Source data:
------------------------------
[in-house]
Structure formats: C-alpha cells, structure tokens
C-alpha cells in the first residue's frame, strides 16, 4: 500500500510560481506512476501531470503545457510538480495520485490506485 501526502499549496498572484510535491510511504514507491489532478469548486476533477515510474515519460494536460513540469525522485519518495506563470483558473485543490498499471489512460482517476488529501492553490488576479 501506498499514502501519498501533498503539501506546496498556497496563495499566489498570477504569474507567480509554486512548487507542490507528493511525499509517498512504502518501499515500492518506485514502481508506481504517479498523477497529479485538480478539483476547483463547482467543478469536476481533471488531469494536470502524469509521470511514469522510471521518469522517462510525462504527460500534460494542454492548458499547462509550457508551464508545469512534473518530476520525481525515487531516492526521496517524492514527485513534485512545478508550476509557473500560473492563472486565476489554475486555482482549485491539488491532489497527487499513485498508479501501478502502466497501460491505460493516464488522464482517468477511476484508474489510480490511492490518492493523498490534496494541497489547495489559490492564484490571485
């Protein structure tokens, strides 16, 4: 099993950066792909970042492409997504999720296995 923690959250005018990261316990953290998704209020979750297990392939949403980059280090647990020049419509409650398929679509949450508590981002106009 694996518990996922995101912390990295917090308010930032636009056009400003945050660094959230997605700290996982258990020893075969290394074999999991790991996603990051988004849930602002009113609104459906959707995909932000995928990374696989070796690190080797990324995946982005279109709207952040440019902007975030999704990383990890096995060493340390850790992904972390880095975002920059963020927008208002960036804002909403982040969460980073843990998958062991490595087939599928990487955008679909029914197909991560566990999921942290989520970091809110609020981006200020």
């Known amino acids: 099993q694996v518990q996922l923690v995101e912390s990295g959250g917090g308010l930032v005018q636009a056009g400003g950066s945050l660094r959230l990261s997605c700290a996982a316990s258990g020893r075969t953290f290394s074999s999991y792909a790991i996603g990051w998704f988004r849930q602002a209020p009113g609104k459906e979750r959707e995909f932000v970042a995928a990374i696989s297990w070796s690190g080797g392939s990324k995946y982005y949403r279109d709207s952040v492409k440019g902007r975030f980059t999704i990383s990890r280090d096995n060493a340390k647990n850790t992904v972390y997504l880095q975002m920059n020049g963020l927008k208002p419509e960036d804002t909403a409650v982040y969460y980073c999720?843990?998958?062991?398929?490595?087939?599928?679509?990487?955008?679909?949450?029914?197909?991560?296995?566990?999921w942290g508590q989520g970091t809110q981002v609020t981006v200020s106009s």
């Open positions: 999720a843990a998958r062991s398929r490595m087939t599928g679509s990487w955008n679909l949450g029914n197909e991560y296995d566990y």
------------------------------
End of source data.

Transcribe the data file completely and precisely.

[in-house]
Structure formats: C-alpha cells, structure tokens
C-alpha cells in the first residue's frame, strides 16, 4: 500500500510560481506512476501531470503545457510538480495520485490506485 501526502499549496498572484510535491510511504514507491489532478469548486476533477515510474515519460494536460513540469525522485519518495506563470483558473485543490498499471489512460482517476488529501492553490488576479 501506498499514502501519498501533498503539501506546496498556497496563495499566489498570477504569474507567480509554486512548487507542490507528493511525499509517498512504502518501499515500492518506485514502481508506481504517479498523477497529479485538480478539483476547483463547482467543478469536476481533471488531469494536470502524469509521470511514469522510471521518469522517462510525462504527460500534460494542454492548458499547462509550457508551464508545469512534473518530476520525481525515487531516492526521496517524492514527485513534485512545478508550476509557473500560473492563472486565476489554475486555482482549485491539488491532489497527487499513485498508479501501478502502466497501460491505460493516464488522464482517468477511476484508474489510480490511492490518492493523498490534496494541497489547495489559490492564484490571485
């Protein structure tokens, strides 16, 4: 099993950066792909970042492409997504999720296995 923690959250005018990261316990953290998704209020979750297990392939949403980059280090647990020049419509409650398929679509949450508590981002106009 694996518990996922995101912390990295917090308010930032636009056009400003945050660094959230997605700290996982258990020893075969290394074999999991790991996603990051988004849930602002009113609104459906959707995909932000995928990374696989070796690190080797990324995946982005279109709207952040440019902007975030999704990383990890096995060493340390850790992904972390880095975002920059963020927008208002960036804002909403982040969460980073843990998958062991490595087939599928990487955008679909029914197909991560566990999921942290989520970091809110609020981006200020």
């Known amino acids: 099993q694996v518990q996922l923690v995101e912390s990295g959250g917090g308010l930032v005018q636009a056009g400003g950066s945050l660094r959230l990261s997605c700290a996982a316990s258990g020893r075969t953290f290394s074999s999991y792909a790991i996603g990051w998704f988004r849930q602002a209020p009113g609104k459906e979750r959707e995909f932000v970042a995928a990374i696989s297990w070796s690190g080797g392939s990324k995946y982005y949403r279109d709207s952040v492409k440019g902007r975030f980059t999704i990383s990890r280090d096995n060493a340390k647990n850790t992904v972390y997504l880095q975002m920059n020049g963020l927008k208002p419509e960036d804002t909403a409650v982040y969460y980073c999720?843990?998958?062991?398929?490595?087939?599928?679509?990487?955008?679909?949450?029914?197909?991560?296995?566990?999921w942290g508590q989520g970091t809110q981002v609020t981006v200020s106009s």
């Open positions: 999720a843990a998958r062991s398929r490595m087939t599928g679509s990487w955008n679909l949450g029914n197909e991560y296995d566990y």